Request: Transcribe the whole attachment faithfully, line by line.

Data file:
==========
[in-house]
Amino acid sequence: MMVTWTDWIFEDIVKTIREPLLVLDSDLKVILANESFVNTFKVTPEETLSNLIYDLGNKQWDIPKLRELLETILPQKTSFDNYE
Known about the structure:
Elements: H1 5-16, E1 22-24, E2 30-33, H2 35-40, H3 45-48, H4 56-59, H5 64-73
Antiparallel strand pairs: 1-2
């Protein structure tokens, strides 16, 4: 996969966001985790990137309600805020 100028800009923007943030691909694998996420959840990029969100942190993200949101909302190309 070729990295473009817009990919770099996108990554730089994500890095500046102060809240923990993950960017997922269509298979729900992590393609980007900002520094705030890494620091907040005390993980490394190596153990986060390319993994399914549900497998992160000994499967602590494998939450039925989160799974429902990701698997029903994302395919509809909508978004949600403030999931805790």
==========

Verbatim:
[in-house]
Amino acid sequence: MMVTWTDWIFEDIVKTIREPLLVLDSDLKVILANESFVNTFKVTPEETLSNLIYDLGNKQWDIPKLRELLETILPQKTSFDNYE
Known about the structure:
Elements: H1 5-16, E1 22-24, E2 30-33, H2 35-40, H3 45-48, H4 56-59, H5 64-73
Antiparallel strand pairs: 1-2
């Protein structure tokens, strides 16, 4: 996969966001985790990137309600805020 100028800009923007943030691909694998996420959840990029969100942190993200949101909302190309 070729990295473009817009990919770099996108990554730089994500890095500046102060809240923990993950960017997922269509298979729900992590393609980007900002520094705030890494620091907040005390993980490394190596153990986060390319993994399914549900497998992160000994499967602590494998939450039925989160799974429902990701698997029903994302395919509809909508978004949600403030999931805790």